A war of words erupted Monday between The Atlanta Journal-Constitution and Warner Bros. over “Richard Jewell,” a new Clint Eastwood-directed film that depicts the newspaper’s reporting after a bomb exploded at the 1996 Summer Olympics.

The movie, which opens Friday and tells the story of how Richard A. Jewell, a security guard, was wrongly suspected of planting the bomb, includes the apparently fabricated detail of a reporter’s offer of sex with a federal agent in exchange for a scoop.

Monday morning, The Journal-Constitution and its parent company, Cox Communications, sent the studio, Eastwood and several other figures associated with the film a letter threatening legal action unless a disclaimer in the film and a public statement by the studio acknowledged that “some events were imagined for dramatic purposes.”

“It is highly ironic that a film purporting to tell a tragic story of how the reputation of an F.B.I. suspect was grievously tarnished appears bent on a path to severely tarnish the reputation of The A.J.C.,” the letter said.

Monday evening, Warner Bros. struck back in a statement. “It is unfortunate and the ultimate irony that The Atlanta Journal-Constitution, having been a part of the rush to judgment of Richard Jewell, is now trying to malign our filmmakers and cast,” it said. “ ‘Richard Jewell’ focuses on the real victim, seeks to tell his story, confirm his innocence and restore his name.”

​A disclaimer at the end of the film says it was “based on actual historical events.” It adds, “Dialogue and certain events and characters contained in the film were created for the purposes of dramatization.”


The July 1996 bombing killed one person (another died of a heart attack) and wounded dozens. At issue is the film’s depiction of how The Journal-Constitution broke the news, a few days later, that the FBI’s initial lead suspect was Jewell, who discovered the bomb.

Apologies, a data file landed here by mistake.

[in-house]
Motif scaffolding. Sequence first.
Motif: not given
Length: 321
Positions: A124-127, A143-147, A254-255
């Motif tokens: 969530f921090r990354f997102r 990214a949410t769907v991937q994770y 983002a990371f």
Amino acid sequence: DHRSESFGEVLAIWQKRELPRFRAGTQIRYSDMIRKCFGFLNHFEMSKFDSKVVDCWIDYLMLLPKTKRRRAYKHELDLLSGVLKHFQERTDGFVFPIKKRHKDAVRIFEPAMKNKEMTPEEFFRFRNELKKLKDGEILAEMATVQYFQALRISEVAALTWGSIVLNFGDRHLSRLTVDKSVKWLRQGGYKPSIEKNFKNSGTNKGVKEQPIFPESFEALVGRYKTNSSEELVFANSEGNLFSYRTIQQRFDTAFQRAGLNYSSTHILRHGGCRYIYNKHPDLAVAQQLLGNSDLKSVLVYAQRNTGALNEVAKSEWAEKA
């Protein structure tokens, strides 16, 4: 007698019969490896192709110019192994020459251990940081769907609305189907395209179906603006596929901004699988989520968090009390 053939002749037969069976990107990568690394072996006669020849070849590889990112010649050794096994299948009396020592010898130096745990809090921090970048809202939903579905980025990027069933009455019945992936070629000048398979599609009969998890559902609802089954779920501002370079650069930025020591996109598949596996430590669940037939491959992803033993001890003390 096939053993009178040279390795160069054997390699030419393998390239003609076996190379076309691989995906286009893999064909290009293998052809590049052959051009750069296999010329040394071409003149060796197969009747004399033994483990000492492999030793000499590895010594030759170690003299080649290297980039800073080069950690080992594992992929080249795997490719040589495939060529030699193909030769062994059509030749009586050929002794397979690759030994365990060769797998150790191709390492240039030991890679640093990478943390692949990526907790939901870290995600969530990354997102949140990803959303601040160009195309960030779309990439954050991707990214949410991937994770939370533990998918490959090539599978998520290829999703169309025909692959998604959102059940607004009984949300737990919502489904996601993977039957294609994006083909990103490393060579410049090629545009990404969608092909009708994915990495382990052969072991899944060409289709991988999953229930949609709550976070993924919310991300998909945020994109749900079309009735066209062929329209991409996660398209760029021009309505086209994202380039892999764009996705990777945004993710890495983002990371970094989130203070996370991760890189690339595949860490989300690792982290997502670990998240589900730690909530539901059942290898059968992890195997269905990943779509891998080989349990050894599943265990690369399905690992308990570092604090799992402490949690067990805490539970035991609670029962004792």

While Jewell was indeed the FBI’s lead suspect, there was never enough evidence to charge him, he was later cleared, and another man eventually confessed. The film focuses on Jewell and a lawyer of his as they fight to prove his innocence in the face of an unmoved FBI agent and a media frenzy.

Kathy Scruggs, the lead reporter on the Journal-Constitution article revealing Jewell’s status as the lead suspect, is portrayed by Olivia Wilde. The film shows her approaching an FBI agent in a bar and eventually coaxing the tip that Jewell was the prime suspect after offering him sex.

The newspaper’s letter labeled this account “false and defamatory” and noted that the 1997 Vanity Fair article on which the film was based never alluded to its happening. Scruggs died in 2001.

The movie also implies that the newspaper did not sufficiently confirm its article with sources. While the article did not attribute the scoop, under a newsroom policy of not referring to anonymous sources, the letter said the newspaper had held the article for a day while it received confirmation from additional sources.

Some contemporary observers argued that the media sensation that quickly enveloped Jewell was unseemly and misguided, even accounting for the FBI’s interest in him. Last week, a former CNN producer expressed regret for the way Jewell, who died in 2007, had been covered.

The film may be primed to become a point of contention in the culture wars. Eastwood, the Oscar-winning actor and director, is a prominent conservative, who contributed a memorable performance at the 2012 Republican National Convention. The two primary antagonists of his latest film, the FBI and the news media, are among President Donald Trump’s most prominent targets for criticism.